At least that's what I've done.

Saddles are, as others have suggested, a very personal thing, and X people telling you that they can ride thousands of miles on one is of liited utility to you, because you may or may not be such a person. Whether Brooks or something else, I wouldn't begin a tour on any saddle that I didn't already know I liked for at least, say, 3-4 hours of riding. The middle of a tour is the wrong time to find out that a saddle doesn't work for you. I'd pick up a used one on CL and give it a try. If you don't like it, it'll be easy to resell.

Good advice about saddles and everything else.  Bike, clothing, camping gear should all be stuff you know how to use and know you like.  Better to get your learning curves over with before the tour.

David P. said:

Saddles are, as others have suggested, a very personal thing, and X people telling you that they can ride thousands of miles on one is of liited utility to you, because you may or may not be such a person. Whether Brooks or something else, I wouldn't begin a tour on any saddle that I didn't already know I liked for at least, say, 3-4 hours of riding. The middle of a tour is the wrong time to find out that a saddle doesn't work for you. I'd pick up a used one on CL and give it a try. If you don't like it, it'll be easy to resell.

i like the brooks because they a smooth. Padding comes from the bike shorts you choose. The combination of good shorts, good saddle, and a hard tush are all you need. =D 

I tour myself, but I use road saddles. I have never been comfortable on a Brooks, in fact I think they're horrible. I love the Aliante and Rolls, personally.

Touring doesnt require an old fashioned leather saddle; use whatever is the most comfortable for your ass.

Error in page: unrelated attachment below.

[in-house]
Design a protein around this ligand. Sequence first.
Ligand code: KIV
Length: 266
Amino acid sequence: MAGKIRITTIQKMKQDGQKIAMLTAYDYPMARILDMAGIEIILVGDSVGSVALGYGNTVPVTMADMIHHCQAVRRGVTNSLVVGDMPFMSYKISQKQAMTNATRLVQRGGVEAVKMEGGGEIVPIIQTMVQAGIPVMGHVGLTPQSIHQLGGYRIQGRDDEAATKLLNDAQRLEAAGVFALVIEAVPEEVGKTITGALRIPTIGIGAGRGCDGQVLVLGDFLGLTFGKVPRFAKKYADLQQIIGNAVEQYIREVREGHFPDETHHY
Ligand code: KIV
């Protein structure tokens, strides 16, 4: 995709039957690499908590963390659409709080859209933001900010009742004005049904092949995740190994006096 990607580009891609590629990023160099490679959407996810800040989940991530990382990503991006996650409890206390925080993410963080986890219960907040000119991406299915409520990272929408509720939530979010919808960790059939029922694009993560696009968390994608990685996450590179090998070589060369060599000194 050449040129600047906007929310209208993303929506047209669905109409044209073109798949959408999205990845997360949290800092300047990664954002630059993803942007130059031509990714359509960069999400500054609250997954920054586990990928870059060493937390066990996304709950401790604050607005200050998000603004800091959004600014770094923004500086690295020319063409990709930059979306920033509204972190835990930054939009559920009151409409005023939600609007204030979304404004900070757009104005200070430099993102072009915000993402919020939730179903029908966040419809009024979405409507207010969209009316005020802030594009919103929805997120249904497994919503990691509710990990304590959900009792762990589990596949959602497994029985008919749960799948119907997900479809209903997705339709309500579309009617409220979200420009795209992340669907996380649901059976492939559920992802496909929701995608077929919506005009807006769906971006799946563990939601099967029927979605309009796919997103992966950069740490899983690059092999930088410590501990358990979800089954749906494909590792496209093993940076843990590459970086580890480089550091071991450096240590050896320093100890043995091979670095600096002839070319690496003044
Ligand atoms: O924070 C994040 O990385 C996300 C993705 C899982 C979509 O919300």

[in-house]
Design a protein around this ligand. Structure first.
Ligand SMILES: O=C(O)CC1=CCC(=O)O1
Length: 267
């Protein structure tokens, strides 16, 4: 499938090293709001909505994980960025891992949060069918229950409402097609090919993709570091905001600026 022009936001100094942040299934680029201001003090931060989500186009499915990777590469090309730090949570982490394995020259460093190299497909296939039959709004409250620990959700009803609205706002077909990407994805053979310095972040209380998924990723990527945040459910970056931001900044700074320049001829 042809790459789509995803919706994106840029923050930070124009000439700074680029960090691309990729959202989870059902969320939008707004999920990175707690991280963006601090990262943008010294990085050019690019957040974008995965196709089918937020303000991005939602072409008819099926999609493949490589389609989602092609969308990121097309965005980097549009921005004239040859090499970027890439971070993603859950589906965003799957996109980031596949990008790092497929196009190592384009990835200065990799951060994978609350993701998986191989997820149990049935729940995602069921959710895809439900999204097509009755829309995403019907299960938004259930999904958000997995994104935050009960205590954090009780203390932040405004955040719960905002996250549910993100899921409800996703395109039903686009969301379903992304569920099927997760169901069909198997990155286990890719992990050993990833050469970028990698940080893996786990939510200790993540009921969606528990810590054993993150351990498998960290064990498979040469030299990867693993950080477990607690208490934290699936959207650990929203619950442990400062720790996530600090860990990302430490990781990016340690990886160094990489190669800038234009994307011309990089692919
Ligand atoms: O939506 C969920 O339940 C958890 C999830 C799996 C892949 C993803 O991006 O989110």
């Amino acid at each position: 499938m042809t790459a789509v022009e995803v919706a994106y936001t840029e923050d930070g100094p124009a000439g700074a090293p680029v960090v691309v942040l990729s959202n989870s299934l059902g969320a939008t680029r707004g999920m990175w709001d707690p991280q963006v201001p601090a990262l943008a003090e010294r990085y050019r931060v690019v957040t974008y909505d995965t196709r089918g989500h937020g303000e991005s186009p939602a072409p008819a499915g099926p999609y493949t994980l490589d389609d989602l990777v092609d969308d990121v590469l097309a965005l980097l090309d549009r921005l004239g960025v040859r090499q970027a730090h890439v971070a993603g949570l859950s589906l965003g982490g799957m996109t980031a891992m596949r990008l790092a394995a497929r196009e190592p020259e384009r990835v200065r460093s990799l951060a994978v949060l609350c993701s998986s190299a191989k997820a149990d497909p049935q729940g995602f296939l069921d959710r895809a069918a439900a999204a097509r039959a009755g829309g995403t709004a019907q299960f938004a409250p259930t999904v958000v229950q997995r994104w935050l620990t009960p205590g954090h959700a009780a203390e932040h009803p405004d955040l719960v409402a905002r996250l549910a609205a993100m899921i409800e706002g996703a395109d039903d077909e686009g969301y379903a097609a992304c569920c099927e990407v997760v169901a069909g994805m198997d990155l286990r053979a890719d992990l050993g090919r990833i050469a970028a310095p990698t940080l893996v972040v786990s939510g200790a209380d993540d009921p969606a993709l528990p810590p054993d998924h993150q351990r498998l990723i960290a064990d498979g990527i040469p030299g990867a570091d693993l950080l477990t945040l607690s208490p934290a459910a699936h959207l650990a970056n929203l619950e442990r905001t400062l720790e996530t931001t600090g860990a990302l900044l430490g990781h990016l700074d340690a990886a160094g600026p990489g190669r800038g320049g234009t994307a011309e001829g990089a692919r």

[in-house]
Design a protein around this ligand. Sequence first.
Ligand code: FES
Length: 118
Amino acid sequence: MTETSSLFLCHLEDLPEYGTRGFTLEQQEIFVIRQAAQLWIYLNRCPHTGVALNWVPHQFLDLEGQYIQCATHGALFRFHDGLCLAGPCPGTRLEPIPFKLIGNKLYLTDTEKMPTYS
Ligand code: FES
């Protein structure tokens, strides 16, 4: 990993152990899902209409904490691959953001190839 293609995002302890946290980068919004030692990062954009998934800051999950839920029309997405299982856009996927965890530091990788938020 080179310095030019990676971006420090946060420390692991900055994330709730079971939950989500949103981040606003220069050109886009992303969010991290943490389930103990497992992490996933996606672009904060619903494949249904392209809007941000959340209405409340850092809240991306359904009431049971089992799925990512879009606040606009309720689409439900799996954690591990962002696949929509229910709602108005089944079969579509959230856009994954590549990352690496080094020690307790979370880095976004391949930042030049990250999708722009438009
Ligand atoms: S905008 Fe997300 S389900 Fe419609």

Another Brooks Kool-aid drinker here. I bought one to put on my dedicated commuter/touring frame that I built up back in November of 2011. My experience with a Brooks B17 may not have been typical. My saddle felt perfect, right out of the box! I have major sit bones problems, in that if a saddle isn't designed just right, then there's almost no amount of adjustment that I can make that will help it be comfortable. I think part of it is that with almost any other type of saddle, when you sit on it, your sit bones compress the padding over whatever the shell material is, and that ends up putting pressure on the softer tissue surrounding the contact points of your sit bones. Or at least I think that's what happens with me. On a Brooks, or Selle An-atomica, or Velo Orange (ie. all leather saddles), you are sitting on a piece of leather suspended by two points - the nose and the frame at the back of the saddle. The whole thing acts like a suspension hammock. Instead of relying on padding you are instead sitting on something that provides even support without causing uneven pressure on surrounding tissues and the cushioning comes from that suspension effect. I could feel the effect immediately, and it was as if the heavens opened up and I heard choirs of angels singing. My wife asked me, derisively if it felt like a silken pillow was caressing my ass (her words exactly). I had to reply, "yes." I bought a second B17 to go on the cargo bike I built, and I was slightly concerned that a new Brooks might be somehow stiffer and I might have just gotten the perfect one before. I was prepared to have a saddle that might be more typical and would cause me to endure a painful break-in period. However, that was not to be. The brand new B17 was just as comfortable right out of the box as the previous one had been. I'm sold for life. I don't care that they're more heavy than most other saddles. I do care that they are incredibly comfortable to me, and I've been able to ride a century without so much as a twinge. The fact that the records for fastest times cycling around the world are all done on bikes that used Brooks B17 saddles is pretty telling.

+1

william said:


Touring doesnt require an old fashioned leather saddle; use whatever is the most comfortable for your ass.